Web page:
Figure 3 (left): Close up of biochip surface showing the coiled waveguides individual aMZIs transducers. Figure 4 (right): The functionalised surface of the aMZI transducer with biorecognition agents applied on the waveguide surface. Image courtesy of Surfix BV.
Multiplexing is easy with photonic biosensors
The ease with which photonic transducers can be duplicated as sensor building blocks makes them particularly suited for an important biosensing technique called multiplexing. Multiplexing makes for more powerful diagnostic or prognostic testing by simultaneously targeting more than one specific analyte in a sample.
In a multiplexed photonic chip biosensor, any number of generic transducers can be functionalized with a different biochemical compounds, with no fundamental limitation to the compounds that can be used.
From design to device
To develop a technology platform that meets the very specific needs of the biosensing market, LioniX International have drawn on broad expertise from beyond photonics. This has required two approaches to knowledge integration: vertical integration of internal capabilities and horizontal integration of specialist partner expertise.
Vertical integration is the lifeblood of our development process. For the photonic biosensing platform developed for Surfix, we combined expertise in photonics with electronics, fluidics and instrument design. This approach enabled us to develop modules that help Surfix directly address market needs – usability, test reliability robustness and volume manufacturability. Vitally for a commercial product, this approach also ensures that modules are built with a view to volume scalability.
Our partnership with Surfix and Qurin also brought external expertise, vital for two reasons. Firstly, innovation at the forefront of a field relies on access to highly specialised knowledge. The expertise and intellectual property required from different domains like biochemistry, nanotechnology and photonics would be very nearly impossible for a single company to accumulate on its own.
Secondly, close collaboration is vital if LioniX International is to continually develop its understanding of how core capabilities can be applied to new challenges. For example, in collaborating on biochemical surface coatings for photonic chip biosensors, we have come to understand the parameters that limit this technology. By doing so we have been able to develop complimentary electronics fluidics, sample preparation and instrumentation solutions that would have not been possible otherwise. This not only benefits our biosensing partnership, but adds to the body of expertise we can rely on to support other customers bringing technology to market.
R+D for effective product development
To offer value to customers through vertically integrated product development, we need to ensure we can bring serious expertise to the table. The source of this expertise lies not only in product development experience, but also in our own research and development projects.
One such recent project, the EU-funded BioCDX, provided foundational knowledge for photonic biosensor cartridge development. In addition to novel photonic aspects of the sensor, the cartridge design included integrated fluidic syringes for liquid handling and sample preparation and integrated low-cost light sources on the biosensor chip for easy interfacing with a desktop reader.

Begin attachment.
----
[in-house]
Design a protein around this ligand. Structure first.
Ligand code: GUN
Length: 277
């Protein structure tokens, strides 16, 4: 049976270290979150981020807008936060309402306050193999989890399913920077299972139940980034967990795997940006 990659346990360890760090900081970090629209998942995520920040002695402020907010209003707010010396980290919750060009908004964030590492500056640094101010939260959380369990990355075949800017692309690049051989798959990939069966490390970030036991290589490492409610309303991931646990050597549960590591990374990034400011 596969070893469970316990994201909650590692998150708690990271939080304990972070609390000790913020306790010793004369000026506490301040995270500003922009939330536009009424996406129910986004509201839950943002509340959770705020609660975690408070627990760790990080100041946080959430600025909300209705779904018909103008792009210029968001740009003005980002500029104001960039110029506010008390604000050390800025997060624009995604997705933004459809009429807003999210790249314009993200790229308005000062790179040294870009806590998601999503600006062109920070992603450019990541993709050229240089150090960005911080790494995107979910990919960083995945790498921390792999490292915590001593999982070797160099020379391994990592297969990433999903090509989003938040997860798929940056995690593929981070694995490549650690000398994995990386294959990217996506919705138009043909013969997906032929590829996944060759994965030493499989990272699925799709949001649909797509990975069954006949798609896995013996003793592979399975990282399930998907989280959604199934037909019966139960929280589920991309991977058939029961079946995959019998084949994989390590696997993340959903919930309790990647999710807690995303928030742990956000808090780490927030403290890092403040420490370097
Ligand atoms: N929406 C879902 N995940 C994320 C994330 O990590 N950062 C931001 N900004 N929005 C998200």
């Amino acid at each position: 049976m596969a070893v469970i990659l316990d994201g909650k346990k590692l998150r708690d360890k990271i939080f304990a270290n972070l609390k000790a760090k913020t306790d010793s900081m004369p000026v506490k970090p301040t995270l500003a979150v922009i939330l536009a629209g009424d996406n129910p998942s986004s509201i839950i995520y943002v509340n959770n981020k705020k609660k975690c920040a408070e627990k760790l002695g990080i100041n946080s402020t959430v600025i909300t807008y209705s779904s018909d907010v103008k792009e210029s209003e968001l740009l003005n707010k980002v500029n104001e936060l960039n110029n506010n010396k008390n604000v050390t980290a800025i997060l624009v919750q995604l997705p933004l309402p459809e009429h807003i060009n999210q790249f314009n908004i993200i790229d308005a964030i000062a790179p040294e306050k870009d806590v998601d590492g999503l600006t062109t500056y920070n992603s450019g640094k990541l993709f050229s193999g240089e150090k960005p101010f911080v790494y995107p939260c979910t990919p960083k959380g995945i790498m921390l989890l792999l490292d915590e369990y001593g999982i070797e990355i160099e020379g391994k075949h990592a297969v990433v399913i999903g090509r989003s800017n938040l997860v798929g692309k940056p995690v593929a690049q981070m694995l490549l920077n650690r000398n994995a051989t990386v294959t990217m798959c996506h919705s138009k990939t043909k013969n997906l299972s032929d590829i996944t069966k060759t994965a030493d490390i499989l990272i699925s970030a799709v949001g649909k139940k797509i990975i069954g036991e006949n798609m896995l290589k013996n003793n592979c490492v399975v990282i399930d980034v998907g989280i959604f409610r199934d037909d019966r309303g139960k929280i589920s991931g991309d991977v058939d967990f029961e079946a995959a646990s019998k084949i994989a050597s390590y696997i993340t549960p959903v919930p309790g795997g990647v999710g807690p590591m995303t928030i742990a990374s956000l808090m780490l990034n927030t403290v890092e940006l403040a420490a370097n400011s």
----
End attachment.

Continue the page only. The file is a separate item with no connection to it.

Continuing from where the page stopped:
Figure 5: A low cost injection moulded cartridge (left) with aMZI biosensor chip. The cartridge features integrated microfluidic interfaces (mechanical syringes), blood sample preparation and light source integrated on the biosensor chip. These features make for simple interfacing with a desktop reader instrument (right). Images courtesy of CSEM/BioCDX.
Integrated photonics is playing a vital role in exciting developments in biosensing. The combination of sensitivity, testing speed and compatibility with a range of target molecules make photonic biosensors attractive in a wide range of medical and non-medical applications.
Despite pressing needs and compelling applications, the use case for biosensors is complex. To develop a cost-effective solution that can outperform existing technology, LioniX International have had to capture expertise that has both high degrees of breadth and specialism. Both are a core aspect of how we do business.
Vertical integration provides the means to develop not just photonic chips, but whole technology solutions. These solutions come in the form of assembled modules incorporating photonics, fluidics and electronics.
Whilst vertical integration leverages internal expertise, partnerships drive the necessary understanding of application required to co-develop cutting edge products.
Whether in biosensing or beyond, this approach to innovation and product development has proven impact. Through vertical integration from design to device, LioniX International is bringing the power of integrated photonics to a range of demanding applications.
- Chatzipetrou, M.; Gounaridis, L.; Tsekenis, G.; Dimadi, M.; Vestering-Stenger, R.; F. Schreuder, E.; Trilling, A.; Besselink, G.; Scheres, L.; van der Meer, A.; Lindhout, E.; G. Heideman, R.; Leeuwis, H.; Graf, S.; Volden, T.; Ningler, M.; Kouloumentas, C.; Strehle, C.; Revol, V.; Klinakis, A.; Avramopoulos, H.; Zergioti, I. A Miniature Bio-Photonics Companion Diagnostics Platform for Reliable Cancer Treatment Monitoring in Blood Fluids. Sensors2021, 21, 2230. https://doi.org/10.3390/s21062230